Turkey jails 45 students over 2012 anti-Erdogan protest
The students were convicted of violating laws on meetings and impeding public officials in their work after they demonstrated against Erdogan's visit to the Middle East Technical University [METU].
Each student received a 10-month sentence from an Ankara court, reported the state-run Anadolu news agency.
"It is sad to see that prison sentences continue to be the main response of the Turkish government to student criticism and protests," Aykan Erdemir, a former lawmaker from the main opposition Republican People's Party [CHP] said.
Erdemir noted that the government had recently released 38,000 convicts to relieve pressure on Turkey's overcrowded prisons.
During the hearing, lawyers for the defendants insisted that the students had not committed any crimes and called for their acquittal, Anadolu reported.
Judge Avni Mis adjourned the sentencing for three students, whose lawyers made the request, to an unspecified date, the agency said without giving further details.
Police used tear gas and water cannon during the clashes with protesters in December 2012 when Erdogan visited the campus to watch the launch of a Turkish earth observation satellite into orbit aboard a Chinese rocket via a video link.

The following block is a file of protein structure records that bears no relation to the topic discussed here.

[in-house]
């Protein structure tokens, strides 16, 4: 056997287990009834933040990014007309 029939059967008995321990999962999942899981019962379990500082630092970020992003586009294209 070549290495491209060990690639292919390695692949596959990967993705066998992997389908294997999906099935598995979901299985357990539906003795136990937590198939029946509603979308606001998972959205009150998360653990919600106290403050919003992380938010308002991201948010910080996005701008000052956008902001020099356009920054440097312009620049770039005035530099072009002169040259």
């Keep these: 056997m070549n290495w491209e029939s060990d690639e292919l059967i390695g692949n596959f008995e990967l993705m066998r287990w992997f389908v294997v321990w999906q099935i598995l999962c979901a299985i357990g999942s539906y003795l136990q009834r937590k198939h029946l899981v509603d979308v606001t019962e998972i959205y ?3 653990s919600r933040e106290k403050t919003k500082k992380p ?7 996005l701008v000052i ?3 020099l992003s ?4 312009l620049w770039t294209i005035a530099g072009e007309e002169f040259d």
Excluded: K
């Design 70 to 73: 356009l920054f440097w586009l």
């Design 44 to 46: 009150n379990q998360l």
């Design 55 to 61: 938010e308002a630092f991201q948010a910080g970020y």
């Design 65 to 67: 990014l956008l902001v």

The clashes caused huge controversy, with the opposition accusing the authorities of using heavy-handed tactics against a relatively minor demonstration.
Erdogan was prime minister at the time of the protest and became president in August 2014, extending his domination of the country.
In June 2013, he survived one of the biggest challenges to his rule when opponents, many of them students, took to the streets nationwide during weeks of protests against the Turkish strongman.
In July 2016, an attempted coup by a faction of the Turkish military was quashed. Tens of thousands of public officials, including teachers, military figures, doctors and civil servants were dismissed - with at least 2,000 judges taken into custody - in the days following the attempted putsch.
Opponents have accused Erdogan of undermining civil liberties and freedom of speech in Turkey, though authorities insist that Turkey is a democratic country and that the measures are intended to punish genuine crimes.